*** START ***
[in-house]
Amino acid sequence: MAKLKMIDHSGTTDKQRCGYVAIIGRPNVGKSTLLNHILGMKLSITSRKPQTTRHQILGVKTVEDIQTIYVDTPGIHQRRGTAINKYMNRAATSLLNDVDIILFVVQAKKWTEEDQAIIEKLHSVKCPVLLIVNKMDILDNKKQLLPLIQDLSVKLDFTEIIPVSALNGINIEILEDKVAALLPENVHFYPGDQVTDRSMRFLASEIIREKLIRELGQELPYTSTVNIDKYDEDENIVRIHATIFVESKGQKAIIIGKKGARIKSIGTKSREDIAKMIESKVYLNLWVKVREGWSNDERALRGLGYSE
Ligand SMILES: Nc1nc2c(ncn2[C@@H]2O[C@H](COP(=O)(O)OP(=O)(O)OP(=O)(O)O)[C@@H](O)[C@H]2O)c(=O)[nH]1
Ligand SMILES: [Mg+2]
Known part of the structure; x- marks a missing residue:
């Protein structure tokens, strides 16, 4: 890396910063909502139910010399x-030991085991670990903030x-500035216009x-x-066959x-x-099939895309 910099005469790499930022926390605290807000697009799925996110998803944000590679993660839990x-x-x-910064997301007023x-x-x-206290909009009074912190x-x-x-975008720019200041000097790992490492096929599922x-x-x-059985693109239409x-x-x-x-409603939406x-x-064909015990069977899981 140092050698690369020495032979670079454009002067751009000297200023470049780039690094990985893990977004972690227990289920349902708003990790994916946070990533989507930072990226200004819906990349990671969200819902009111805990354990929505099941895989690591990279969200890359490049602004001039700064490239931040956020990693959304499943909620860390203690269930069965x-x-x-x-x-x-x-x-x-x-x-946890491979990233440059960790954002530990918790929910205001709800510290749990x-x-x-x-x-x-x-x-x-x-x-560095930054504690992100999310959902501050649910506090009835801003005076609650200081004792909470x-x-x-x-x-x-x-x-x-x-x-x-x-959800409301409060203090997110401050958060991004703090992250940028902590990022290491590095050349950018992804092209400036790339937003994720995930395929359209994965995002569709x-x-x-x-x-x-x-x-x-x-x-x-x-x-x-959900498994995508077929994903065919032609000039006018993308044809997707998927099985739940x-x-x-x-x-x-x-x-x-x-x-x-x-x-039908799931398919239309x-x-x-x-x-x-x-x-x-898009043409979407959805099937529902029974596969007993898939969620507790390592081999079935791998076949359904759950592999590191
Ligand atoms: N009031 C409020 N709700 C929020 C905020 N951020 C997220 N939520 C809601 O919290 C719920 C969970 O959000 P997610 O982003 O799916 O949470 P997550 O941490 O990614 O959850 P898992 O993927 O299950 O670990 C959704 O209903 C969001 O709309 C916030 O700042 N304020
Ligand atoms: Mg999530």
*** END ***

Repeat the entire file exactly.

[in-house]
Amino acid sequence: MAKLKMIDHSGTTDKQRCGYVAIIGRPNVGKSTLLNHILGMKLSITSRKPQTTRHQILGVKTVEDIQTIYVDTPGIHQRRGTAINKYMNRAATSLLNDVDIILFVVQAKKWTEEDQAIIEKLHSVKCPVLLIVNKMDILDNKKQLLPLIQDLSVKLDFTEIIPVSALNGINIEILEDKVAALLPENVHFYPGDQVTDRSMRFLASEIIREKLIRELGQELPYTSTVNIDKYDEDENIVRIHATIFVESKGQKAIIIGKKGARIKSIGTKSREDIAKMIESKVYLNLWVKVREGWSNDERALRGLGYSE
Ligand SMILES: Nc1nc2c(ncn2[C@@H]2O[C@H](COP(=O)(O)OP(=O)(O)OP(=O)(O)O)[C@@H](O)[C@H]2O)c(=O)[nH]1
Ligand SMILES: [Mg+2]
Known part of the structure; x- marks a missing residue:
């Protein structure tokens, strides 16, 4: 890396910063909502139910010399x-030991085991670990903030x-500035216009x-x-066959x-x-099939895309 910099005469790499930022926390605290807000697009799925996110998803944000590679993660839990x-x-x-910064997301007023x-x-x-206290909009009074912190x-x-x-975008720019200041000097790992490492096929599922x-x-x-059985693109239409x-x-x-x-409603939406x-x-064909015990069977899981 140092050698690369020495032979670079454009002067751009000297200023470049780039690094990985893990977004972690227990289920349902708003990790994916946070990533989507930072990226200004819906990349990671969200819902009111805990354990929505099941895989690591990279969200890359490049602004001039700064490239931040956020990693959304499943909620860390203690269930069965x-x-x-x-x-x-x-x-x-x-x-946890491979990233440059960790954002530990918790929910205001709800510290749990x-x-x-x-x-x-x-x-x-x-x-560095930054504690992100999310959902501050649910506090009835801003005076609650200081004792909470x-x-x-x-x-x-x-x-x-x-x-x-x-959800409301409060203090997110401050958060991004703090992250940028902590990022290491590095050349950018992804092209400036790339937003994720995930395929359209994965995002569709x-x-x-x-x-x-x-x-x-x-x-x-x-x-x-959900498994995508077929994903065919032609000039006018993308044809997707998927099985739940x-x-x-x-x-x-x-x-x-x-x-x-x-x-039908799931398919239309x-x-x-x-x-x-x-x-x-898009043409979407959805099937529902029974596969007993898939969620507790390592081999079935791998076949359904759950592999590191
Ligand atoms: N009031 C409020 N709700 C929020 C905020 N951020 C997220 N939520 C809601 O919290 C719920 C969970 O959000 P997610 O982003 O799916 O949470 P997550 O941490 O990614 O959850 P898992 O993927 O299950 O670990 C959704 O209903 C969001 O709309 C916030 O700042 N304020
Ligand atoms: Mg999530």